ig.UICustomElement = = ig.UIInteractive.extend({

   // size, animation sheet and other stuff goes here ...

   // override the activate method to do something special when button interacted with   
   activateComplete: function ( entity ) {

       // call parent activate

       // do some activation behavior


   // and since interactive elements are toggled by default
   // you can also do something when deactivated
   deactivateComplete: function ( entity ) {


       // do some deactivation behavior



As you can see, you could easily add your own game mechanics to the activateComplete or deactivateComplete method after this.parent() is called. By default an UIInteractive element will toggle between the activateComplete and deactivateComplete methods.

In some cases you don't want this behaviour. You may just want that the activateComplete method gets called every time your element is interacted with, without any toggle at all. In that case you can set the alwaysToggleActivate property of your UI element to true.

Setting alwaysToggleActivate: true will result in always calling the activateComplete method if you click or touch the element, no matter how often you click or touch it.

Another useful feature is, that you can also hook into the activated or deactivated signals of the UIInteractive element, as you can see in the example below:

var ui =, 0, 0);

ui.onActivated.add( player.pickUpItem, player );
ui.onDeactivated.add( player.dropItem, player );

The first parameter of the add method is the callback method you want to call, and the second one is the context of the callback. So in the example above the player will pick up, or drop, an item when the corresponding UI element is clicked or touched.

Like that you can even use abilities:

var ui =, 0, 0);

ui.onActivated.add( myPlayer.specialAbility.activate, myPlayer.specialAbility );

As you may have guessed, the UIInteractive element is highly useful for buttons. Impact++ provides us with a ready to use button class called UIButton, which is based on the UIInteractive element.

The UIButton class disables toggling between the activateComplete and deactivateComplete methods by default, so that only the activate method gets called. On top of that the UIButton class helps with some basic animation handling.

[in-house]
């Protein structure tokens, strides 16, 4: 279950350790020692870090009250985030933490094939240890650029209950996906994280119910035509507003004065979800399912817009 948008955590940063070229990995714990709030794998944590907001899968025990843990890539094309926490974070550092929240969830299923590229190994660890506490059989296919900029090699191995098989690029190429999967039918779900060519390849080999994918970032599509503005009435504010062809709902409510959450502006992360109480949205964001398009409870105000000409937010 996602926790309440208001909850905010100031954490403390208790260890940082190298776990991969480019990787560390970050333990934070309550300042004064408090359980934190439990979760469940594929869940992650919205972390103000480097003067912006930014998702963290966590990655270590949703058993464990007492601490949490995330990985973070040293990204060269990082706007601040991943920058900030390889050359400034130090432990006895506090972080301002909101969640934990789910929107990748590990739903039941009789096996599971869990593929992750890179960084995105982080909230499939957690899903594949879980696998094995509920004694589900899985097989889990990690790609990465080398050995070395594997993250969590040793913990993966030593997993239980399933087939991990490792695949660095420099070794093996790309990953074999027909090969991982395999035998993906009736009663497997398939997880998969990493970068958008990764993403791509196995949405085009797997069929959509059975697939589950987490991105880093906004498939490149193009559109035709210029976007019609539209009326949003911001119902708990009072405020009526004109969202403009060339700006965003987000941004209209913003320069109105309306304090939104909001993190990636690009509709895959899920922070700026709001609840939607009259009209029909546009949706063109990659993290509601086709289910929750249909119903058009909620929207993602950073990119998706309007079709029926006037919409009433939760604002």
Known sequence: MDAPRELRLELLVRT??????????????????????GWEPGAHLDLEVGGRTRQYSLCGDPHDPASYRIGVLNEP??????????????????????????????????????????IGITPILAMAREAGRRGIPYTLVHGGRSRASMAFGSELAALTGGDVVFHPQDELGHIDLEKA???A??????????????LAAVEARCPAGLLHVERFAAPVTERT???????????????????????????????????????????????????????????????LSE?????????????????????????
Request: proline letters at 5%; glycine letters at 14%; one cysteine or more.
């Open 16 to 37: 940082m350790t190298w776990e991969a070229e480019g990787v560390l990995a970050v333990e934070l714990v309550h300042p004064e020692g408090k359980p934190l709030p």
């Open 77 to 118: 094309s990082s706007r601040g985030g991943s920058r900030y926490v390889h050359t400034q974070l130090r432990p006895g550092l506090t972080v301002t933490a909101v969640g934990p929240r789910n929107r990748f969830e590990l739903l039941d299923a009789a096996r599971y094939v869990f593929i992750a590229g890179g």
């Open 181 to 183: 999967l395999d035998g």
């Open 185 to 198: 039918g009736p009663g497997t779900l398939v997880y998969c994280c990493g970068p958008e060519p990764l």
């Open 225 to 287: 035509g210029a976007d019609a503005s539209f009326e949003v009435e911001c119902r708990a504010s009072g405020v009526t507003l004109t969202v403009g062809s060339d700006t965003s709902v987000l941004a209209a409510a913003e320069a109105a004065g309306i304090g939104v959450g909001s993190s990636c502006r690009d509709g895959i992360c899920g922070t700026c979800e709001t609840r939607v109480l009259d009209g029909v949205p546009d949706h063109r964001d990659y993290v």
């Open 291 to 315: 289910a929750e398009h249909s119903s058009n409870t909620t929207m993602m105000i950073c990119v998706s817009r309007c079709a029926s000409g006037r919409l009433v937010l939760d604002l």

Text for User Interfaces

Impact++ provides us with a class called UIText, which is highly useful for displaying text in your game world. A good example of use for the UIText class, would be displaying the player score in your game, or the amount of collected coins.

Let's take a closer look at this code example :

var _c = ig.CONFIG;

var score =, 0, 0, {

    font: new ig.Font( _c.PATH_TO_MEDIA + 'font_04b03_white_16.png' ),

    text: 'Score: 9000'


Please note that you need to define a font for your UIText entity. If you don't it will use the font mentioned in ig.CONFIG.FONT.MAIN_NAME of your config file. The value of the text property gets displayed in the game. You can of course easily change the value of the text property later on to update it:

score.text = 'Score: 9001';

With the maxWidth and maxHeight properties you can define the maximum width or height of the text area. If you have multiple lines, you can set the text alignment via the textAlign property. Possible values for textAlign are ig.Font.ALIGN.CENTER, ig.Font.ALIGN.LEFT and ig.Font.ALIGN.RIGHT.

More UI Elements

We looked at the basics of UI elements, at interactive UI elements and at UI elements for text. But you know what? There are a lot more in Impact++! Taken as a whole, Impact++ offers 13 UI related classes that are really awesome and can help you with your current game!

There are toggle classes like UITogglePause or UIToggleVolume, which are useful for toggling the game pause or the volume of the game music. The UIMeter class displays horizontally or vertically meters that are perfect for health bars. UITracker is an UI element for tracking the closest entity of a type or name in a level. And with the UIOverlay you can add all sorts of overlays to your game.

Have a closer look at the plusplus/ui/ folder of your Impact++ project, or take a look at the docs under, to get an overview of all the UI classes.

Learn More!

UI Element
UI Interactive
UI Button
UI Text